The American public distrusts President George W. Bush’s judgment in deciding on whether the U.S. should take military action against Iran, a poll published in the Los Angeles Times showed. The poll showed that 54 percent of Americans mistrust Bush in comparison to 42 percent who said they fully support their president.
The poll showed that 48 percent of Americans are in favor of a military attack on Iran, while 40 percent are against. The Bush administration rejected reports that it is preparing for military action against Iran.
A senior American official left for Moscow this week for a second round of talks aiming at reaching an understanding with permanent members of the United Nations Security Council on the course of action to be taken against Iran should it continue to defy a U.N. resolution calling on it to halt nuclear research.
The resolution set April 28 as a deadline for Iran to comply with the demands of the world body.
The Bush administration is hoping the latest declaration by Iranian President Mahmoud Ahmadinejad that his country has successfully enriched uranium will increase international pressure. R. Nicolas Burns, State Department under secretary for political affairs, left for Moscow where he will hold talks with officials from China, Russia, Britain, France and Germany.
Burns will bid to garner Chinese and Russian support for tough Security Council resolutions against Iran.
The senior officials from France, Germany, Britain, the United States, Russia and China will look at "real actions" the United Nations can take to get Iran to change its behavior, said State Department spokesman Sean McCormack.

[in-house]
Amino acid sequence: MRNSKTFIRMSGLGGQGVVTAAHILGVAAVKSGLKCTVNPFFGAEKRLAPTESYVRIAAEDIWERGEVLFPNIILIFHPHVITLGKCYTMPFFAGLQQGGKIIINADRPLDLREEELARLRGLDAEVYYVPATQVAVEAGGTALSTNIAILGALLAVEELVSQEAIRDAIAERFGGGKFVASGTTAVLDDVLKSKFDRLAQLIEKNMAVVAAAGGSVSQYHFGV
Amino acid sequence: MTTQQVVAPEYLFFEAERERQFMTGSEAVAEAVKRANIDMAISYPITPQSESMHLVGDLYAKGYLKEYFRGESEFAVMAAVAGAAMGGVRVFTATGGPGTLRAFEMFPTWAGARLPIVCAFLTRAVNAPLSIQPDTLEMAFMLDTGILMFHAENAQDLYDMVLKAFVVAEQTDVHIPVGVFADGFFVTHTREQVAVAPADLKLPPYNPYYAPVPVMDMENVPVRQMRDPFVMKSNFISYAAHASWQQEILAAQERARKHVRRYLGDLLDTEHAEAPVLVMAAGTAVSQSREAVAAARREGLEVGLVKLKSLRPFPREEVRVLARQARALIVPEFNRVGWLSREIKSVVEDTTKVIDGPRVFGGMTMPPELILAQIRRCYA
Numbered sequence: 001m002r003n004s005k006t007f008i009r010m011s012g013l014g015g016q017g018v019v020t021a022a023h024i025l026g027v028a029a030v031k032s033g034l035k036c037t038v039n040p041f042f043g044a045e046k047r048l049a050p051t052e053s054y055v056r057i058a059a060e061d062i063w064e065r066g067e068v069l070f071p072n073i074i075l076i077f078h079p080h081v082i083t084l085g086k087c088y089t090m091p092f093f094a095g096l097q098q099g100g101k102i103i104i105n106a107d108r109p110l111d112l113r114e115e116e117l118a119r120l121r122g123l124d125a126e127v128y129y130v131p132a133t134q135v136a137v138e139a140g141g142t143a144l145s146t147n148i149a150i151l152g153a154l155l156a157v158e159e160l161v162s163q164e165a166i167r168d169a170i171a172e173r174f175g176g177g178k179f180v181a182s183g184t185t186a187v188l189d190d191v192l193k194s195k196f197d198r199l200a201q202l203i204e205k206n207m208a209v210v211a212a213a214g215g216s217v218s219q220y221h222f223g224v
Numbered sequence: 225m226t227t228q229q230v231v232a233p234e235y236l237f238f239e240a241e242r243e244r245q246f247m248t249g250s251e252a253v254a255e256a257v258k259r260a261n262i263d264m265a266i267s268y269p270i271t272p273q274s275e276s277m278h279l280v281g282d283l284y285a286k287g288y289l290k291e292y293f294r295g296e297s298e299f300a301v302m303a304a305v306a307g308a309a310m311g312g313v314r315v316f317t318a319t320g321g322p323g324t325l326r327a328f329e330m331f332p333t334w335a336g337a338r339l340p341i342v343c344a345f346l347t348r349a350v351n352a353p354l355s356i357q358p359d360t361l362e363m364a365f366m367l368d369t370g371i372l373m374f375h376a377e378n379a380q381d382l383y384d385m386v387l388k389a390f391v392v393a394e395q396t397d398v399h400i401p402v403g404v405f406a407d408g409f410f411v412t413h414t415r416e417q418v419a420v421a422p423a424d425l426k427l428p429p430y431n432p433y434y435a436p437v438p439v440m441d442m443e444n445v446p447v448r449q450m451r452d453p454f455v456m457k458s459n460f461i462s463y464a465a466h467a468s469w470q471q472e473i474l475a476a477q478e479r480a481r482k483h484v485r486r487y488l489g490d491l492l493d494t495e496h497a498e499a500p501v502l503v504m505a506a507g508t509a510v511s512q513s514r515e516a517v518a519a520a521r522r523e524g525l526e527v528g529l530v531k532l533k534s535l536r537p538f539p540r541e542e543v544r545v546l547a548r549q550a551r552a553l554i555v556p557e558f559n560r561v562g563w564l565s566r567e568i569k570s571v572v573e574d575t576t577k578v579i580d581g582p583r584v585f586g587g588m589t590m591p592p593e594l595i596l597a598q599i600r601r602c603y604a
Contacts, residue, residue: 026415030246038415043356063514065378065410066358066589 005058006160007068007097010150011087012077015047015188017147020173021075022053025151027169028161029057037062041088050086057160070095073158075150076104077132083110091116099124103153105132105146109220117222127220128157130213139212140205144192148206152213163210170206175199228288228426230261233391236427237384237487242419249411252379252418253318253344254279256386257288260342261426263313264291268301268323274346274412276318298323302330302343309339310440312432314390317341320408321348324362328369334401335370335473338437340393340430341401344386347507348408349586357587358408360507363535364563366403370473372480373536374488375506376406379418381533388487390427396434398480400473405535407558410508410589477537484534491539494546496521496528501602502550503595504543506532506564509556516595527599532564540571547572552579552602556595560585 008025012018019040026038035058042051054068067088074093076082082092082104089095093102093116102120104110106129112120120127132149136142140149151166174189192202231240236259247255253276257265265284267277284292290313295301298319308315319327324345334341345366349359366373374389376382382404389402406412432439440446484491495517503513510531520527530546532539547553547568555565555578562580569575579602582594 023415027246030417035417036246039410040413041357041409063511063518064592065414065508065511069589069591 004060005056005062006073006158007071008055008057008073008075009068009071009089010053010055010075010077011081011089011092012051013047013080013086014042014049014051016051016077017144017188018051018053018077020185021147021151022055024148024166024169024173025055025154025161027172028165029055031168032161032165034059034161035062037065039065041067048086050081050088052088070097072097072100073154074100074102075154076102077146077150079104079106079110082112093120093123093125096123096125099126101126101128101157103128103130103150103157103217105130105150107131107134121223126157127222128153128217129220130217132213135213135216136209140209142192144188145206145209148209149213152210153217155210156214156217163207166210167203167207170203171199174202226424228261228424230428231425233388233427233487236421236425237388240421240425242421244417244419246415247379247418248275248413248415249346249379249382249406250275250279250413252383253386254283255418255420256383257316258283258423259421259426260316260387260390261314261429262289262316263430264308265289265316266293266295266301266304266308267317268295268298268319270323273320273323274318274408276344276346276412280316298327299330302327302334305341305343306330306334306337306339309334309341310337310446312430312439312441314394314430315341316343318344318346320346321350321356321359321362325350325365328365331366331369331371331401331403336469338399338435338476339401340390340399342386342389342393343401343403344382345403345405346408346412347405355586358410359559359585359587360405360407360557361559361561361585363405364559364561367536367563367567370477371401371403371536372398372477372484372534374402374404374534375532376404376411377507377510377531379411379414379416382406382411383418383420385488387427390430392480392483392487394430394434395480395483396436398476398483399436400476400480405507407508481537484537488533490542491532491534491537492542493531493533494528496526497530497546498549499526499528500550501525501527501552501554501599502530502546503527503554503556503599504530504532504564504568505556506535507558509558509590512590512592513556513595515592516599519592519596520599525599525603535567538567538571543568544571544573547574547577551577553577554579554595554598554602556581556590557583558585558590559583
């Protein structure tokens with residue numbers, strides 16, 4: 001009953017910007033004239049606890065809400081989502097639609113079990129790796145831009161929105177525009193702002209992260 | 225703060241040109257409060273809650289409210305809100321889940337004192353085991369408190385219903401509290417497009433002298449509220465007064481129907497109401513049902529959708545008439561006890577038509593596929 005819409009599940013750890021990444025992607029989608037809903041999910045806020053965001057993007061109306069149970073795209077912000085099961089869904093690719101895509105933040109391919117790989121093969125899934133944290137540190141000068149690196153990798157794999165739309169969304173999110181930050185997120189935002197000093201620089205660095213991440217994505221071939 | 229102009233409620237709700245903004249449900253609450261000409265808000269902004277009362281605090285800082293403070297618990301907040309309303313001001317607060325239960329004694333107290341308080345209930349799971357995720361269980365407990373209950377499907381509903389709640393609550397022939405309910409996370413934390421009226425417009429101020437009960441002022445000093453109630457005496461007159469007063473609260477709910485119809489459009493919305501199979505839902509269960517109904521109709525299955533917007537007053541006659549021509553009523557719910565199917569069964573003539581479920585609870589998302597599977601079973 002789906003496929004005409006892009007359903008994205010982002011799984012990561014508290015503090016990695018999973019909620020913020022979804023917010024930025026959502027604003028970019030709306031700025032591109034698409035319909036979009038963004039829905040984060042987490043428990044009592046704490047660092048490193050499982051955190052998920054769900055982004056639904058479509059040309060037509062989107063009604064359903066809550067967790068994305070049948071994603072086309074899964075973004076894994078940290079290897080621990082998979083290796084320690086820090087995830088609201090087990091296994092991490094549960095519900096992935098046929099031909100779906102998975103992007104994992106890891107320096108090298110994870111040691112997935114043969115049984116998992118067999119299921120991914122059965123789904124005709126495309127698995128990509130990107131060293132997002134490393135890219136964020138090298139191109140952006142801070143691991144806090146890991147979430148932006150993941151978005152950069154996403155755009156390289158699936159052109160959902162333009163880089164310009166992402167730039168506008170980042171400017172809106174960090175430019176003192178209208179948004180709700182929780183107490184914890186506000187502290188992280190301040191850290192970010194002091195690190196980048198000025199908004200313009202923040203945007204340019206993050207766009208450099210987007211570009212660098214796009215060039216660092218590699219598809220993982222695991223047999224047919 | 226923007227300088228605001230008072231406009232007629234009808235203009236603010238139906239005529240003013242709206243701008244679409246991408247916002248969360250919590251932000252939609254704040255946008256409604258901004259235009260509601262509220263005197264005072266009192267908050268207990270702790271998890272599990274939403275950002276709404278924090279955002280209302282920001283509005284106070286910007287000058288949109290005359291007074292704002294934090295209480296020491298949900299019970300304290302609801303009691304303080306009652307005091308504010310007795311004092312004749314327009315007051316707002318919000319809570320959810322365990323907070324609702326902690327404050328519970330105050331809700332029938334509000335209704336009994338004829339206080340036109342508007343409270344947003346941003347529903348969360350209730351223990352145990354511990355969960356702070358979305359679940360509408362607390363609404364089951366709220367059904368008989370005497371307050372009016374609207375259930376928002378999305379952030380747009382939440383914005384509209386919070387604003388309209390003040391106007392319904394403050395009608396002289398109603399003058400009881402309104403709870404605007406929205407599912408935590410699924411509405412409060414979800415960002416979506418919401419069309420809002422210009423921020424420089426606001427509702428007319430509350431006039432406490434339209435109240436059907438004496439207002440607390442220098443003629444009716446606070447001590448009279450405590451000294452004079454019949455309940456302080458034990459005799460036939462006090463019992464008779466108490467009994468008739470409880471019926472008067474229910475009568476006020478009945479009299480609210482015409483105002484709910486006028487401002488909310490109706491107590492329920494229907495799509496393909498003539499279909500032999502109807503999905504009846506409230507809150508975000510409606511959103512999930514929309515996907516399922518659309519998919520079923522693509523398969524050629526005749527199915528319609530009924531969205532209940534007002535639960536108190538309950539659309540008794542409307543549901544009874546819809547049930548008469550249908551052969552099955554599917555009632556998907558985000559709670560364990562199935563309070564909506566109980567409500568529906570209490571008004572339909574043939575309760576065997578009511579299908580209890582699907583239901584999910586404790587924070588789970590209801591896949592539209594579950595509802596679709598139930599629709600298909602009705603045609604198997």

The options under a Chapter 7 resolution under the U.N. charter could include a freeze on assets and travel restrictions on some members of the Iranian government, said McCormack.
"These are all levers at the disposal of the international community," McCormack told reporters.
While pushing for sanctions, U.S. officials said they would not look at imposing restrictions on the oil and gas sectors, pointing out the intention was not to create further hardship for the Iranian people.
In an interview with Voice of America's Persian language television program, Burns said Tehran would face sanctions and that Iran had left itself "no exit points" on the Iran issue.
"We very much hope that these sanctions will not be implemented bluntly in a way that would be damaging to the Iranian people, but it is going to be sanctions that will get the attention of the Iranian government," said Burns, who will represent the State Department at Tuesday's Moscow meetings.
Secretary of State Condoleezza Rice said a day earlier that the United Nations should consider a Chapter 7 resolution against Iran when it reconvenes, probably at the end of this month, to discuss Iran.
Chapter 7 makes a resolution mandatory under international law for all U.N. members. It can lead to sanctions and eventually the use of force if it specifically calls for them or threatens "all necessary measures."
Russia and China, key players on the Iran issue with veto rights in the Security Council, strongly oppose sanctions or the use of military force against Tehran. All other council members, including close ally Britain, oppose military action.
Reuters contributed to this report